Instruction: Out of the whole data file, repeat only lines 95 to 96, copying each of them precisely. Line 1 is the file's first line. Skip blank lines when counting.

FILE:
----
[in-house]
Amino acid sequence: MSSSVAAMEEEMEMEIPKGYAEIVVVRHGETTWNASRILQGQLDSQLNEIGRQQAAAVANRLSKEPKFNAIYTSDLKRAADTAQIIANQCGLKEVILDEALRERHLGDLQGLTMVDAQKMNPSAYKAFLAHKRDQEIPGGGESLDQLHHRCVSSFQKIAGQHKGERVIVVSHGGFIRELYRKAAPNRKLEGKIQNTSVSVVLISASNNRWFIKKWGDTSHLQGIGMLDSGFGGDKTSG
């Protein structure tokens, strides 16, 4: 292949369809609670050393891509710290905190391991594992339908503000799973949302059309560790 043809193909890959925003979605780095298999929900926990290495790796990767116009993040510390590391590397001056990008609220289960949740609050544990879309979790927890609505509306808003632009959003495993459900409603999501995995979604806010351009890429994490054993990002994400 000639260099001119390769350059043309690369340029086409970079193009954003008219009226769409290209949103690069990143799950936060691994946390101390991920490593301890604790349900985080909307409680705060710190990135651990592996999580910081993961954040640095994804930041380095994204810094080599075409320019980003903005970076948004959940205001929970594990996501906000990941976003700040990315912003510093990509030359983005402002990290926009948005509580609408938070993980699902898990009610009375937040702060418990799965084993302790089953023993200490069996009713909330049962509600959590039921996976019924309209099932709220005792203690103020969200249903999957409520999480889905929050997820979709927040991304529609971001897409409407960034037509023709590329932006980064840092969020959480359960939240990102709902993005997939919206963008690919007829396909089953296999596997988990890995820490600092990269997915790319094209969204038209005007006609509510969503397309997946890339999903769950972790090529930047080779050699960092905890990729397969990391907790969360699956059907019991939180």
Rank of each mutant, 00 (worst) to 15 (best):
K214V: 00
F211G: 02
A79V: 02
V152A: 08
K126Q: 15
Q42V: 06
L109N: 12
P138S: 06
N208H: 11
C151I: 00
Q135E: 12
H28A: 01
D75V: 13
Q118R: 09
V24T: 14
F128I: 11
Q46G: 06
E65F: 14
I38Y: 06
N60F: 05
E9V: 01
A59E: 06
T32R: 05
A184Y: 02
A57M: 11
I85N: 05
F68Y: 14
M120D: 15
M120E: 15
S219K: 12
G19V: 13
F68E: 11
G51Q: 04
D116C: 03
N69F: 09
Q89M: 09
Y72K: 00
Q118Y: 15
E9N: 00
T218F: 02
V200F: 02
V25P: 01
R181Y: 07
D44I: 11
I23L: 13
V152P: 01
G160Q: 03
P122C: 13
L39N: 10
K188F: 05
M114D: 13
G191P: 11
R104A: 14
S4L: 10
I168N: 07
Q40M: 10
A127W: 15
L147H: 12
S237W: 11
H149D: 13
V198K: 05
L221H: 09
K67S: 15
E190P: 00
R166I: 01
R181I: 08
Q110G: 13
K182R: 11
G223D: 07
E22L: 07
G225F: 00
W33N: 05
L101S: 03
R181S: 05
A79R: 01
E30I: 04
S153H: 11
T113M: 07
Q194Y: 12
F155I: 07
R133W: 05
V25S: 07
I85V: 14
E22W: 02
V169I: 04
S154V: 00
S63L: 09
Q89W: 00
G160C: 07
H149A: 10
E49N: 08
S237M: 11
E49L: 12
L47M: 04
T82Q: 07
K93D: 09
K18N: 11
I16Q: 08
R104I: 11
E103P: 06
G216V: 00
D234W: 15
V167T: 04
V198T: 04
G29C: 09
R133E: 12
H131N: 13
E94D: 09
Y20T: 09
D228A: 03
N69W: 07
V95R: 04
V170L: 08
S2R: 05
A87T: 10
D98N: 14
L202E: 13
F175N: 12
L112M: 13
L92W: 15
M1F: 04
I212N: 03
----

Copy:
E49N: 08
S237M: 11